SEO Is Not Dead. It’s Just Less Important

July 26, 2012By

The Death Of SEO: The Rise of Social, PR, And Real Content.

That’s PR at its finest. Write a title that will bring about outrage in the SEO industry and you’re sure to get response. That’s how modern day PR works. You piss off half the people to the delight of the other half and you get a hugely popular article. It’s great for Forbes because they need traffic to feed impressions to their advertisers.

The thing about this column is that it’s actually really good.

It’s hard to argue with the points made. There have been articles about the death of SEO for probably the last 10-12 years. The only thing is that with the actions of Google in recent months it seems to be even more clear that SEO might actually die in the near future.

SEO is Not Dead. SEO is Less Important.

That’s my stance on this SEO is Dead issue.

I’ve seen this happening for the last three years. In 2008-2009 there was a lot to be gained from getting results. There were opportunities to tweak the pages on your site and add some content to rank well on Google and get some real revenue from the traffic.

Then things started changing. In fact, things have always been changing, but in the last two to three years the changes have been coming faster and it’s obvious what Google is doing.

I first noticed the change with my country music review website, Country Music Life. The posts I wrote used to easily rank in the top ten for the name of the song plus the artist name. Then Google made a change that favored its own YouTube channel. Small screenshots of the videos were added to the SERPs for the songs and the artists. The YouTube pages still outrank even the artists’ own pages.

That’s an argument for another day, but the fact is that Google is looking out for itself. I can’t blame them. We all do it. Google wants to make money and they’re doing it by favoring their own properties, which include YouTube and Google paid ads on the SERPs.

It’s obvious when you think about it that Google is not here to give people free traffic. They’re here to make money and if they think they can deliver the best search results to their users while having those results be entirely paid ads they’re going to do it.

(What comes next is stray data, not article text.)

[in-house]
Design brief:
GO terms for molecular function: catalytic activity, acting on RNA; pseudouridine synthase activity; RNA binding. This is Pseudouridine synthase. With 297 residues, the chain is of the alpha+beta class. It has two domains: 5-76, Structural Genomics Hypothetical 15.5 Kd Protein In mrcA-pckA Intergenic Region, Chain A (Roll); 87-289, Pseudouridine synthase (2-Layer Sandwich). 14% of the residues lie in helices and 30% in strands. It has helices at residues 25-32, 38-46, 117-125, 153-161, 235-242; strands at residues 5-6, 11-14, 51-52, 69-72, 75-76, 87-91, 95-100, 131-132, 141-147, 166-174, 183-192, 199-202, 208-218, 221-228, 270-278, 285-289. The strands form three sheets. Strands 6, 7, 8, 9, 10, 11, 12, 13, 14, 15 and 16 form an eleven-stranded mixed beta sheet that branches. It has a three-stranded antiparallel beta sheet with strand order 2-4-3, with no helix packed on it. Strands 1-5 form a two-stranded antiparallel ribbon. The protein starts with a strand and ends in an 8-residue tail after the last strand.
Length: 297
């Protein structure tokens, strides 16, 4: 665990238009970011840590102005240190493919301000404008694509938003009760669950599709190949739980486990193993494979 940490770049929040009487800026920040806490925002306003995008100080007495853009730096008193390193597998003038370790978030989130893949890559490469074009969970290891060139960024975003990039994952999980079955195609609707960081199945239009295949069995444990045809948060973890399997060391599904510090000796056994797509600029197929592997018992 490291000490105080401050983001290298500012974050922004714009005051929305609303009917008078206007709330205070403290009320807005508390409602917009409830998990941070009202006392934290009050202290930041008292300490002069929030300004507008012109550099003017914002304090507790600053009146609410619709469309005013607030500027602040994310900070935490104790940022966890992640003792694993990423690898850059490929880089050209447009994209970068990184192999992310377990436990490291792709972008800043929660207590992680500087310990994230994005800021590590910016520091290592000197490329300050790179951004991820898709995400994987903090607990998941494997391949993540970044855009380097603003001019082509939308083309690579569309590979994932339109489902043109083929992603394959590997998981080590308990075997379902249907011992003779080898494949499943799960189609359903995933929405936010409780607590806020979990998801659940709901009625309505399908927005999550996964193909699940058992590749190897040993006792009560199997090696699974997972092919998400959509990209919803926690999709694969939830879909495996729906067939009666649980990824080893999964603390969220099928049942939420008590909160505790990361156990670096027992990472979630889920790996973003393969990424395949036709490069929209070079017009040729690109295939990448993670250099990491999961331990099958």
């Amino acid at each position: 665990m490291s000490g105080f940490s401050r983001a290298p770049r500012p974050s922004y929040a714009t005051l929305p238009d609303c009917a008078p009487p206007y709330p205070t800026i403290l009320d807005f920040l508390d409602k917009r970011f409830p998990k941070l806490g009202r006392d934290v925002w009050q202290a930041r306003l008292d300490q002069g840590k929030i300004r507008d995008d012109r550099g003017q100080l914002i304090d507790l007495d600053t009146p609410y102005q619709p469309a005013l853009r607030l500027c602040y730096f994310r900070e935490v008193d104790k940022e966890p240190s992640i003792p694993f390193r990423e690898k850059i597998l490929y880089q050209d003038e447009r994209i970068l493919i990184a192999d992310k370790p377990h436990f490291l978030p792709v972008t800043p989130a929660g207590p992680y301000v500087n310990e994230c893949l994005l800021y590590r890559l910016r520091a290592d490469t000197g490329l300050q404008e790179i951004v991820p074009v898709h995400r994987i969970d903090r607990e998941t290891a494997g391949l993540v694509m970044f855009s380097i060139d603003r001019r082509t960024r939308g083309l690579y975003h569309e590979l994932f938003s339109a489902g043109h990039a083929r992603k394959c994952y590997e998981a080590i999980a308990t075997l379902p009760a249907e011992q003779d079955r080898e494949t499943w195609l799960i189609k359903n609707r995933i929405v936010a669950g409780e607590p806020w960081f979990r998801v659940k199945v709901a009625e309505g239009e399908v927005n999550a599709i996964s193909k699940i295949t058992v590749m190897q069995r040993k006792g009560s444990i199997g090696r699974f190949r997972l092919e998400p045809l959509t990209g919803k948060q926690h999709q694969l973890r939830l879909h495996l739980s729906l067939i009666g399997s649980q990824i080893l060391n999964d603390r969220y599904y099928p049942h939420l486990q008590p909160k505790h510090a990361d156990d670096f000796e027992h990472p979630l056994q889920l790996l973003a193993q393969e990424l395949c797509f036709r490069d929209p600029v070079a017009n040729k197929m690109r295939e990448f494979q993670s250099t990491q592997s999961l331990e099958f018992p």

Wouldn’t you?

People are noticing these changes. Revenue from Organic Search Traffic or SEO traffic is decreasing for a lot of industries and businesses. The writing is on the wall. It’s time for everyone that uses the Internet to acquire new customers to diversify the traffic sources.

Even those in the SEO world are changing. SEO advice is turning into design and user experience advice. I think this is great. We need a clean Web experience that is fast and easy. It’s good to change. SEO is changing.

SEO is not dead. It’s just changing.

I think SEO will always play at least a small part in the world of online traffic and sales. There will likely always be some traffic sent from Google that is truly organic. I’m sure Google would love to have 100% of their results paid, but I don’t know if it’s possible. We’ll find out. I think the Yellow Book is 100% paid, but I’m not sure and I’m too lazy to google it.

The last portion of the Forbes article is where things get interesting. It’s a key insight into what your company should be focusing on moving forward.

So how does it affect entrepreneurs and business executives?

Simple.

Invest in real, valuable, relevant content that your audience wants. Make it so compelling people talk about it and share it.

Common sense, but not common practice.

Got that?

What are you doing to make the next move?